Tag Archives: Pete Seeger

[19] The Almanac Singers – The Complete General Recordings

16 Aug

It’s is a strange feeling, reviewing an album when you have met the artist in question, got to know him a little over many years.

I have had the privilege of interacting with Pete Seeger over two decades working at the summer camp “next door” to his home. I have seen him awe and inspire kids year after year with his storytelling, his integrity.

He really is larger than life, and at the same time utterly unpretentious, completely ego free.

This week’s recording is a career retrospective of Seeger’s first band, formed with performers every bit his equal as heavyweights of Folk – Lee Hayes and Woody Guthrie.

The Almanac Singers

The Almanac Singers











The music chugs along with the oh-so-familiar call and response structure – repetitive and comforting, with simple seeming banjo picking and harmonica flourishes.

A valid question becomes, was it so familiar before these earnest young men introduced it to a wider audience?

There is a slightly odd mix of protest songs – for and against all manner of things – and traditional sea shanties, all of it incessantly catchy.  Each song is a new earworm.

The album introduces an early cut of an upcoming “1,000 Recordings” entry “The House of the Rising Sun.” Here are the original lyrics, sung by Woody Guthrie from the point of view of the woman rather than the  testosterone laden version made famous by The Animals. It is interesting enough from a historical perspective, but this is far less musically engaging than seemingly every subsequent cover.

“House Of The Rising Sun” is not the only gender bending song – a number of them are sung unapologetically from the point of view of the opposite sex, with no fuss or reference to the phenomenon.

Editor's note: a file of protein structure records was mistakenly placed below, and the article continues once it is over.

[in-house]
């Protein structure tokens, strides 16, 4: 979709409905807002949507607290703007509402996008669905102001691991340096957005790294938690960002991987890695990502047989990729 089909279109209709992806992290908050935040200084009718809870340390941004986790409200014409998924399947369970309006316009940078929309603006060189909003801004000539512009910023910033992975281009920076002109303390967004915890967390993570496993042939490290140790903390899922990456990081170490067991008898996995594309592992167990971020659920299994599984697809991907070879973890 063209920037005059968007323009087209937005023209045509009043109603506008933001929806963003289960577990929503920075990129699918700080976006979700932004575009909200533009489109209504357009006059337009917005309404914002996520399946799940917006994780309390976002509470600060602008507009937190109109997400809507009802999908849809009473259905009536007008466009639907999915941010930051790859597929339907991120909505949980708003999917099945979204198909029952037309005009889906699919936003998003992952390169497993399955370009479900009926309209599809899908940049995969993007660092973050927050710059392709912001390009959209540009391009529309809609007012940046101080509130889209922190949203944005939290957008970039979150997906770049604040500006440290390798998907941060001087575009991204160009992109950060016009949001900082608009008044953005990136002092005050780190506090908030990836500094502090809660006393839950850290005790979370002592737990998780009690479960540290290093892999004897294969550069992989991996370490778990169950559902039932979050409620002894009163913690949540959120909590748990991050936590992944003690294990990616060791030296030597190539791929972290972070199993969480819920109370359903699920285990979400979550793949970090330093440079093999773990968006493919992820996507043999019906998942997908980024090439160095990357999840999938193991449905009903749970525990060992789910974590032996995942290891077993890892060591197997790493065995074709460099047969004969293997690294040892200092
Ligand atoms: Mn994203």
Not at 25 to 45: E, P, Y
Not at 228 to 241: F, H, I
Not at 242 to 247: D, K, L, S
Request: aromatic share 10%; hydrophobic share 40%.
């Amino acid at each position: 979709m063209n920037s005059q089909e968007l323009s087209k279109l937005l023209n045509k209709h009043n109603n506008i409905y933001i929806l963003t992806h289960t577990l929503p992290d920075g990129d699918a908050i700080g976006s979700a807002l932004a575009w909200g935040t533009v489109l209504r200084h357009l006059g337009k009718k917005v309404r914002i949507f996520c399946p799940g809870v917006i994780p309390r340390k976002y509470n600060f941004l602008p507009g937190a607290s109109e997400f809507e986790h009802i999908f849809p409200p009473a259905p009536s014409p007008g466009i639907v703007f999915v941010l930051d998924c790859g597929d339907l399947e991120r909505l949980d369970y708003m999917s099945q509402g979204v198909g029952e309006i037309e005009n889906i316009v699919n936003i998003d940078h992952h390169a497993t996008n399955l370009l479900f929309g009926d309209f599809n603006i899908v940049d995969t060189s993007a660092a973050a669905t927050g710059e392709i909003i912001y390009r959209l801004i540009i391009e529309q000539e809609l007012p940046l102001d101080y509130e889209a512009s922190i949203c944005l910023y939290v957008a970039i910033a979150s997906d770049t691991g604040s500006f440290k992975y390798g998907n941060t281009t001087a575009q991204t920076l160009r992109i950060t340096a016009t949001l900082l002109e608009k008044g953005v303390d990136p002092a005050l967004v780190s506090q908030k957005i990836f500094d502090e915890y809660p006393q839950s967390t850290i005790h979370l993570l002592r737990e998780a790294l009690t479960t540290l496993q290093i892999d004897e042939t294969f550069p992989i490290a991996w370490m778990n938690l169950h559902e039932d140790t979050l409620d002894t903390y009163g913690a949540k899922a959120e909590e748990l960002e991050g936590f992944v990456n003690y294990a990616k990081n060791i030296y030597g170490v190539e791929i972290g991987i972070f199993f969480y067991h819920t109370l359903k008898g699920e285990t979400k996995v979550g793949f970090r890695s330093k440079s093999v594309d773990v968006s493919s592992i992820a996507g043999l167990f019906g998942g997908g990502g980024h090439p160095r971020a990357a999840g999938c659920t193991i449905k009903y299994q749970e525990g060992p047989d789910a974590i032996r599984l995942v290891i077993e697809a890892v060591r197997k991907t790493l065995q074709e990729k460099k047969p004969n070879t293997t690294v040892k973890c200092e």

Even more fascinating is the changing and emerging politics of the songs. The very first ones, recorded in 1941, are quite defiantly anti-war as well as consciously towing the Communist line – militant, decidedly inflammatory anti-owner sentiment that would be almost unthinkable today:

“He’s a bastard / Slave driver / Unfair / Bet he beats his wife . . .”

You can pinpoint the moment that both The Almanac’s and Communist Party’s position changed – Pearl Harbor.

The reversals can give a listener whiplash – they are epically schizophrenic. One minute the singers are bashing the warmongerers, the next dancing “Round, Round Hitler’s Grave.”

And somehow each song is as heartfelt and believable as the other.

The one constant is the staunch pro-union stance that underlines it all. Even the Old-English sea shanties take a backseat to these seemingly effective (and undeniably catchy) slices of 40s propaganda.

Seeger and company sang at a time when union organizing was a necessity, when unions really were for the little guy, rather than as much a part of the problem as “the bosses” that they can be today.

What is amazing is that he’s still singing some of these songs more than seventy years later with the same passion and conviction, if with an undeniably diminished instrument.

I saw him perform “Union Maid” (along with many other songs from his unbelievable career) to an audience of 500 kids just last summer. Before beginning his performance, the Rock ‘n’ Roll Hall of Famer paused to look from the stage, into the faces filling the beautiful outdoor theater and said, “I’m looking at the future of this country.”

Still a storyteller at heart. Still inspiring. Still with one key message, summed up in “Dear Mister President”:

This is the reason that I want to fight / Not ’cause everything’s perfect or everything’s right / No it’s just the opposite I’m fighting because / I want a better America and better laws / And better homes and jobs and schools / And no more Jim Crow and no more rules like / “You can’t ride on this train ’cause you’re a Negro” / “You can’t live here ’cause you’re a Jew.”

Hard to disagree with someone who talks this kind of sense.

Owned before blogging? No. (1 of 19. 5%)
Heard before blogging? No. (3 of 19. 16%)
Recommend? Yes. (15 of 19. 79%)

Next Week: Herb Alpert’s Tijuana Brass – Whipped Cream & Other Delights


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